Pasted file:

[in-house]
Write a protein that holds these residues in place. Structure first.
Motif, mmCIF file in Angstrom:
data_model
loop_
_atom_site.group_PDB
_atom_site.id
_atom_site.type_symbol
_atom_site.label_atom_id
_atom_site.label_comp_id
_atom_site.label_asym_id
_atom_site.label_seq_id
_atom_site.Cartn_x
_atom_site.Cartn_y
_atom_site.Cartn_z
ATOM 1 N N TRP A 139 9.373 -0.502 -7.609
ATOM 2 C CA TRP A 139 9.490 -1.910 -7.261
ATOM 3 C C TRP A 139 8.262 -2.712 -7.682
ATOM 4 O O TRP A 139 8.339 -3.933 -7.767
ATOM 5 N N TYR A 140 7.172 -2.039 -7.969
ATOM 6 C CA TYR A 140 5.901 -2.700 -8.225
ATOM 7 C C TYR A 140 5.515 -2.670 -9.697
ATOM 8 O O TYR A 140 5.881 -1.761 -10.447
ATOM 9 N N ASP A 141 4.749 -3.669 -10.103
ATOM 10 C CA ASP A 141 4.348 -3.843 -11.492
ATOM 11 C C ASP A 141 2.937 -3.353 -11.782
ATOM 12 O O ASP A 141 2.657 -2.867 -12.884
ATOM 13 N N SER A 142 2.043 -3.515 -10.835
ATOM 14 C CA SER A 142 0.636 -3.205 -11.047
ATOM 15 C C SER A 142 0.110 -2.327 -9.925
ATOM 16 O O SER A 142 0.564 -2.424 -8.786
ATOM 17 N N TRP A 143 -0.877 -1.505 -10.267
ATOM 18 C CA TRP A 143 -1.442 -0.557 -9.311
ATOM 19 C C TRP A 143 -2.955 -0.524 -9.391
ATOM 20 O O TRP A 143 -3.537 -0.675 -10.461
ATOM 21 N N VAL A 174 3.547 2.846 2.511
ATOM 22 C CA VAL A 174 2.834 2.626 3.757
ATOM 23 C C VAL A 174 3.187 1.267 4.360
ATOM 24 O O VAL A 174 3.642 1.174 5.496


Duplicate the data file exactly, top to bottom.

[in-house]
Write a protein that holds these residues in place. Structure first.
Motif, mmCIF file in Angstrom:
data_model
loop_
_atom_site.group_PDB
_atom_site.id
_atom_site.type_symbol
_atom_site.label_atom_id
_atom_site.label_comp_id
_atom_site.label_asym_id
_atom_site.label_seq_id
_atom_site.Cartn_x
_atom_site.Cartn_y
_atom_site.Cartn_z
ATOM 1 N N TRP A 139 9.373 -0.502 -7.609
ATOM 2 C CA TRP A 139 9.490 -1.910 -7.261
ATOM 3 C C TRP A 139 8.262 -2.712 -7.682
ATOM 4 O O TRP A 139 8.339 -3.933 -7.767
ATOM 5 N N TYR A 140 7.172 -2.039 -7.969
ATOM 6 C CA TYR A 140 5.901 -2.700 -8.225
ATOM 7 C C TYR A 140 5.515 -2.670 -9.697
ATOM 8 O O TYR A 140 5.881 -1.761 -10.447
ATOM 9 N N ASP A 141 4.749 -3.669 -10.103
ATOM 10 C CA ASP A 141 4.348 -3.843 -11.492
ATOM 11 C C ASP A 141 2.937 -3.353 -11.782
ATOM 12 O O ASP A 141 2.657 -2.867 -12.884
ATOM 13 N N SER A 142 2.043 -3.515 -10.835
ATOM 14 C CA SER A 142 0.636 -3.205 -11.047
ATOM 15 C C SER A 142 0.110 -2.327 -9.925
ATOM 16 O O SER A 142 0.564 -2.424 -8.786
ATOM 17 N N TRP A 143 -0.877 -1.505 -10.267
ATOM 18 C CA TRP A 143 -1.442 -0.557 -9.311
ATOM 19 C C TRP A 143 -2.955 -0.524 -9.391
ATOM 20 O O TRP A 143 -3.537 -0.675 -10.461
ATOM 21 N N VAL A 174 3.547 2.846 2.511
ATOM 22 C CA VAL A 174 2.834 2.626 3.757
ATOM 23 C C VAL A 174 3.187 1.267 4.360
ATOM 24 O O VAL A 174 3.642 1.174 5.496